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    1. Becca Schmitz says:

      I was nervous to share this blog post, but was hopeful that others would be able to relate, and that I, too, would feel less alone in this. Losing a child is so isolating, only those who have been through it “get it”. Thank you for sharing a piece of your story. I am so sorry for the loss of your Charlie, and I am also so sorry that others haven’t acknowledged him. It just adds to the hurt when others won’t acknowledge him, and how important he is. When I returned to work, I never quite knew how to respond the the “so excited you’re back!” comments – “I’m not” would’ve been honest, but I think I always just ended up saying something non-committal like “uh, thanks”. Like you said, I have definitely felt some relationships strengthen and have also distanced myself from others who are not supportive. I feel that I used to try to keep relationships alive no matter what, but now I just don’t have the capacity to put in the effort towards those who don’t offer me the same respect.

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    2. Lizzie Woods says:

      My grandfather’s “girlfriend” (i guess you could say… she’s actually my great aunt but if I tried to explain that we’d be here for the next 3 days, so moving on.) She claims to be all about “family” and wanting to bring her family and our family together and blah blah blah. She’s the most vindictive person I know, and after this specific scenario happened, I’m convinced she is the most cold-hearted and cruel person that I know as well.
      I lost my daughter June on March 14 this year at 18 weeks pregnant. Still working on trying to figure out what happened, because according to my doctors this was NOT supposed to happen and they can’t figure out why it did. Anyways. I live close to this cruel person, so I see her every few days. She still has yet to acknowledge my daughter three months after the fact. I will casually bring June up in conversation, and she ignores me. Doesn’t say a word.
      But what really boiled my blood was that my mom, my husband and I went to visit my grandfather the day before Mother’s Day this year. (Of course she was there). We all hugged and said hello and whatnot. And as we’re standing there she turns to my mom and says Happy Mother’s Day. My mom returned the saying and continued with “yeah, it’s also Lizzie’s first Mother’s Day too. Even though June isn’t here with us.” I kid you not. She turned to face me, looked my up and down and said “hmm.” Before turning away.
      Y’all. I’m not joking when I say it took everything I had not to claw her face off right then and there. Like- you had the perfect opportunity. Just say Happy Mothers Day and move on. Nope. Nothing.
      Needless to say, we didn’t stay five minutes after that because none of us could even pretend to be cordial to her. We all can’t stand her to begin with, but try to get along for my grandfather. Yeah, that was the straw that broke the camels back for me. Easily the most hurtful thing anyone has probably ever done to me.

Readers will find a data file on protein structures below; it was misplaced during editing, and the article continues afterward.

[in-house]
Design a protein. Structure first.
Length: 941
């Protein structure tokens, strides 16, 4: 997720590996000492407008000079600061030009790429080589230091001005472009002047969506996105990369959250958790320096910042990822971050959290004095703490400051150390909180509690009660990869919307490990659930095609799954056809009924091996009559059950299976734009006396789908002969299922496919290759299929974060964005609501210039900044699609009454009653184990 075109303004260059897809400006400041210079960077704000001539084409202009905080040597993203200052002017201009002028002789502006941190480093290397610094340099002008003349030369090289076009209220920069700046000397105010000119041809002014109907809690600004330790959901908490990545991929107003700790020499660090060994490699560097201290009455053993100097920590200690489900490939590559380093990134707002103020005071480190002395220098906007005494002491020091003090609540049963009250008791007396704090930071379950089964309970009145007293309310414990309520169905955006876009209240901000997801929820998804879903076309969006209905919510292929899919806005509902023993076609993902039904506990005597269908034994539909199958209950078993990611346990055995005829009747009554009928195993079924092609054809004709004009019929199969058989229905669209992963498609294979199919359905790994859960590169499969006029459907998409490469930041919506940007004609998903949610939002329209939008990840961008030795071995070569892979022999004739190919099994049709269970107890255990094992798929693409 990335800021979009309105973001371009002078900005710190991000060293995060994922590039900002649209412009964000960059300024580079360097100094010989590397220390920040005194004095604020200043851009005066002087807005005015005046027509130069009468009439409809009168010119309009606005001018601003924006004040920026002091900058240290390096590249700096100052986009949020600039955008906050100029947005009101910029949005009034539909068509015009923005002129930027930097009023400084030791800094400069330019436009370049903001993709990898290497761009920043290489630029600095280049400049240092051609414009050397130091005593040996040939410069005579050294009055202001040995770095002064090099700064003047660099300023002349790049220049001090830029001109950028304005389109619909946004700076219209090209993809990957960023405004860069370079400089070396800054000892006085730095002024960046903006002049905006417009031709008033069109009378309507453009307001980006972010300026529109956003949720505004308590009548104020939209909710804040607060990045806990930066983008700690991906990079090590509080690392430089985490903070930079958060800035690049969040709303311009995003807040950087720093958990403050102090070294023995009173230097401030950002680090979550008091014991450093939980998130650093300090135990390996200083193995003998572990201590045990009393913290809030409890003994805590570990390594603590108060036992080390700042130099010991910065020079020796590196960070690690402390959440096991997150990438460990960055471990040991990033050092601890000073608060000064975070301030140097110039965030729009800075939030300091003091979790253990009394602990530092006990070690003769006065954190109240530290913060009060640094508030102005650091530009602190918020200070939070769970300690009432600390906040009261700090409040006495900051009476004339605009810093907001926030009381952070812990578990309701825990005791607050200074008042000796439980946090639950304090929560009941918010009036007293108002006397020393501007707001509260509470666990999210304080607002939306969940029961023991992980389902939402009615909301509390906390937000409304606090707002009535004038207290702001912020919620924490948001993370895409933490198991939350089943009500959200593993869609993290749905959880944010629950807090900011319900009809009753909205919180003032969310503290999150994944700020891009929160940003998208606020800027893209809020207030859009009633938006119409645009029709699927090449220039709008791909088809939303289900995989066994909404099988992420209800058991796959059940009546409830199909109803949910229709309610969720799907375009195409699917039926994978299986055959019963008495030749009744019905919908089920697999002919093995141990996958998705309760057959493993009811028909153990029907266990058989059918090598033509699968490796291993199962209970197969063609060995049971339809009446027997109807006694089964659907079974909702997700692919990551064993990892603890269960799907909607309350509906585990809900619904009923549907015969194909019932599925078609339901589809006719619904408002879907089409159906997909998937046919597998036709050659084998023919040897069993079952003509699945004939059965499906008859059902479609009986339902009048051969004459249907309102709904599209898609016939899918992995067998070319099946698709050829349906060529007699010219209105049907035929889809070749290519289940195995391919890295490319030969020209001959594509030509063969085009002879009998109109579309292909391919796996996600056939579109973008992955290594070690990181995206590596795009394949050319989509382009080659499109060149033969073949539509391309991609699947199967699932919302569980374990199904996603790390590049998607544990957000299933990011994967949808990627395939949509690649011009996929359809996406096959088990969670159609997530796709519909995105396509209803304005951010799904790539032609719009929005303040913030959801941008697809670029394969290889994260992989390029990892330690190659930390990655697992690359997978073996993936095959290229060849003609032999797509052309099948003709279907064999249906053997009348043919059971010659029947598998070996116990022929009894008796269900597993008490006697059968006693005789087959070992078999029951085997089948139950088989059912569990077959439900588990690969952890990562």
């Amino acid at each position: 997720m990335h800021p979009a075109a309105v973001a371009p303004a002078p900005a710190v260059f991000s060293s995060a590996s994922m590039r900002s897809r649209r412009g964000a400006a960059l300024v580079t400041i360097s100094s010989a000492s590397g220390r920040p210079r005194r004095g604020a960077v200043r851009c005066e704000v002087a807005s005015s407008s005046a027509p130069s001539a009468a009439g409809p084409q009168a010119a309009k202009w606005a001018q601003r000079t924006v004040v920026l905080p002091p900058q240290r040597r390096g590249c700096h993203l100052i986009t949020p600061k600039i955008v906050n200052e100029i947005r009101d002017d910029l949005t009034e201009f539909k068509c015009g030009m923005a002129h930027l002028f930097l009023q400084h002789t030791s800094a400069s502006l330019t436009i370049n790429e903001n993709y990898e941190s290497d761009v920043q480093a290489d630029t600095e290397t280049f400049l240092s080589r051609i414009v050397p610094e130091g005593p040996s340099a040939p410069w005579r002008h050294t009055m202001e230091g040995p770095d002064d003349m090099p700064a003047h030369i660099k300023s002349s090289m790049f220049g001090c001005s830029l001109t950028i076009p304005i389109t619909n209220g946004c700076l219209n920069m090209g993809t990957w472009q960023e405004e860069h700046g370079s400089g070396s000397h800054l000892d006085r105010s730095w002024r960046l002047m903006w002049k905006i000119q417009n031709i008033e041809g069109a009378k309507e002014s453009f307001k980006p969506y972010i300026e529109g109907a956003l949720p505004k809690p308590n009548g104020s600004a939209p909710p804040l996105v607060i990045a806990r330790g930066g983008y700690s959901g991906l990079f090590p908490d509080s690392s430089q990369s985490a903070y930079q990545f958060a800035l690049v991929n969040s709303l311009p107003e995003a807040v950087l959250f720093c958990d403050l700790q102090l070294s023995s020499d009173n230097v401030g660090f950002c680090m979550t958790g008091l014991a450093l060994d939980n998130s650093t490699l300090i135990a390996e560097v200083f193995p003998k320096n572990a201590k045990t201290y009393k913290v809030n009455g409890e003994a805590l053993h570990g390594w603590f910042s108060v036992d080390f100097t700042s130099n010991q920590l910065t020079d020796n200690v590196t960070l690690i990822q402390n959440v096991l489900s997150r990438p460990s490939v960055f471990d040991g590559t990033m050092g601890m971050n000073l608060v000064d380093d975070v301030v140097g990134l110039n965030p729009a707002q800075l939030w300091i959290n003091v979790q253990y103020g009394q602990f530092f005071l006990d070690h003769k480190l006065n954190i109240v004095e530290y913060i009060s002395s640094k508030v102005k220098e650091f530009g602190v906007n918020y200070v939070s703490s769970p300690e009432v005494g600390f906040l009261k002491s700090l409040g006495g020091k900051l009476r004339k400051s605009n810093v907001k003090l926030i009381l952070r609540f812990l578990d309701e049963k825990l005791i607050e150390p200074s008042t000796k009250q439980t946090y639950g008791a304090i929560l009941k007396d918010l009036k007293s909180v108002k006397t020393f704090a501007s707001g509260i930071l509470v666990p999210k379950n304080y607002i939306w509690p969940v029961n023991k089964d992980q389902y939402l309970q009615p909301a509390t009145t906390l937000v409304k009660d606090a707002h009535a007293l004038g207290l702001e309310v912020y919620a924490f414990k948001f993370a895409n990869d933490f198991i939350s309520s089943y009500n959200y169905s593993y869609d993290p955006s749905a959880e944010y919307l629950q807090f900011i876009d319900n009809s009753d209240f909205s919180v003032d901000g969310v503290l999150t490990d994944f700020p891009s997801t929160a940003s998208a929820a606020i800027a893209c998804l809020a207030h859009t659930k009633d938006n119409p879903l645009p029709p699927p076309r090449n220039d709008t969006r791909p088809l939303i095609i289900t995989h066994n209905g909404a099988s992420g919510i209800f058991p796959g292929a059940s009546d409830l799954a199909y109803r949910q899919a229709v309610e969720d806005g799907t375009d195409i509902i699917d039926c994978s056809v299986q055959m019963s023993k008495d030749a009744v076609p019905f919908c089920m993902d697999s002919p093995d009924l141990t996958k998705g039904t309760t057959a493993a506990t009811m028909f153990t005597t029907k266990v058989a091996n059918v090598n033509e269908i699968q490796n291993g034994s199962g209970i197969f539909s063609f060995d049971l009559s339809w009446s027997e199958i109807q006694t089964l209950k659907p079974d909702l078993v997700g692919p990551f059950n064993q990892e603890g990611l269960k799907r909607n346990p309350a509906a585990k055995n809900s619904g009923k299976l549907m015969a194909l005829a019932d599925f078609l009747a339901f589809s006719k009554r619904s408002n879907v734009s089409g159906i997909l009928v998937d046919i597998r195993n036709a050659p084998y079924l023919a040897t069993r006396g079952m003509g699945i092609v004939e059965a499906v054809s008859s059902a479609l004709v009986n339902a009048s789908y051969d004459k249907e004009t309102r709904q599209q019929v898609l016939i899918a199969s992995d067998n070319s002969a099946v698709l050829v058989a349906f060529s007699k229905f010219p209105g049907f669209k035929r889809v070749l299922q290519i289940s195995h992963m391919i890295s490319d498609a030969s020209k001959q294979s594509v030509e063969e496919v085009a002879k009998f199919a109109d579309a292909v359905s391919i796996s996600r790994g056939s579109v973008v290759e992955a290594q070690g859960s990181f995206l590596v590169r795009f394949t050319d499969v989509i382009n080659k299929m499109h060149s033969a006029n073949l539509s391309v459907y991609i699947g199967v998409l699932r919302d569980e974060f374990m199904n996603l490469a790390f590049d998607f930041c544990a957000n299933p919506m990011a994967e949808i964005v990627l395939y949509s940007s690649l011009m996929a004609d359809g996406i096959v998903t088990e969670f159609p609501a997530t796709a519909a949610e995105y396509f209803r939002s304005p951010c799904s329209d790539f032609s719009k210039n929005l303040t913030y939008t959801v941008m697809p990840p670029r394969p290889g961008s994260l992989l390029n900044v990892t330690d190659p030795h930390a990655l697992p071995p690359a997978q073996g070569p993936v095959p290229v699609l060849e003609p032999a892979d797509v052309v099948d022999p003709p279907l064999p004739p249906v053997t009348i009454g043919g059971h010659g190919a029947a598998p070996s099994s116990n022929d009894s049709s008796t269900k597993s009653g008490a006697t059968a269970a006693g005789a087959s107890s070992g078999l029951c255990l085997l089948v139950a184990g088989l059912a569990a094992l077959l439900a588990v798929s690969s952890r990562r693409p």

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      1. Becca Schmitz says:

        I’m so sorry for the loss of your sweet June. Wow… that’s all I can say about your grandpa’s “girlfriend”/great aunt. With my experience, I think many people don’t mean to say hurtful things, they just unintentionally say them. It doesn’t make it less hurtful, but the intent to hurt isn’t there. With her, her actions and words are just so blatantly mean. It seems intentional. It’s unbelievable that someone would behave like that. I’m sorry you’ve had to experience that. I hope you were able to have a better Mother’s Day after you left your grandpa’s house!

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      2. Lizzie Woods says:

        Thank you! I did have a very nice Mothers Day, my husband went above and beyond. And yes, it’s one thing to say something out of sympathy that is hurtful. Like you said the intention isn’t to hurt you. But with her, it’s intentional and cold-hearted. I don’t understand how someone can act that way when someone just lost a child. I just don’t get it.

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  3. MinasMom says:

    Thank you for sharing and I’m sorry you’ve heard these things. Since losing Mina, I’ve learned what a serious lack of empathy people have. It’s like they’re unable to put themselves in someone else’s shoes for a moment and really think of how their words can impact someone else. It’s something I strive for in conversations now – really thinking about what I’m saying because words matter.

    As for the comment about the tubes on beautiful Brady’s face, I can relate and am hurt and angry for you. I found out someone said something similar about pictures of our daughter being in our home and I was dumbfounded that someone could be so cruel.

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    1. Becca Schmitz says:

      Thank you, too, for sharing your experience. It’s sad that so many of us have experienced these hurtful comments. I also strive to really think about what I say to others. Having the experience we’ve had makes one hyper-aware of how important our words are.
      I’m equally sad and angered that you’ve had comments about photos of your daughter being in your home. It’s so normal and accepted to have photos of your child in your home, but somehow when your child dies it’s NOT okay? Ugh, that’s just infuriating.

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  4. Ashley says:

    Oh this is so relatable. People who you thought would be there for you, crash & burn… & people you barely know step up.
    I have had strangers become friends & friends become strangers.
    It’s sad because some days I feel like not only am I grieving my daughter but I am also grieving friendships/family relationships that I thought would last forever.
    It’s actually really sad.
    Sometimes I wish people would tell the truth & say “I don’t know what to say.” It’s ok to say that.

    Like

    1. Becca Schmitz says:

      Absolutely! Being honest and just saying “I’m sorry, I don’t know what to say.” is perfectly acceptable. One of the best things a friend said to me was “F*** it, I’m sorry!” I swear a lot myself, so it was just really… appropriate.

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  5. Lizzie Woods says:

    Oh my word, I know I commented up there somewhere, but the pictures on the post finally loaded for me and oh my heart. Brady is absolutely perfect. When a beautiful baby. I seriously became the human version of the heart eyes emoji when I saw that picture. How precious!

    Like

    1. Becca Schmitz says:

      Thank you, Lizzie! I seriously can’t believe we made such a cute baby sometimes ❤ I appreciate you taking the time to comment and validate. Sending hugs your way!

      Like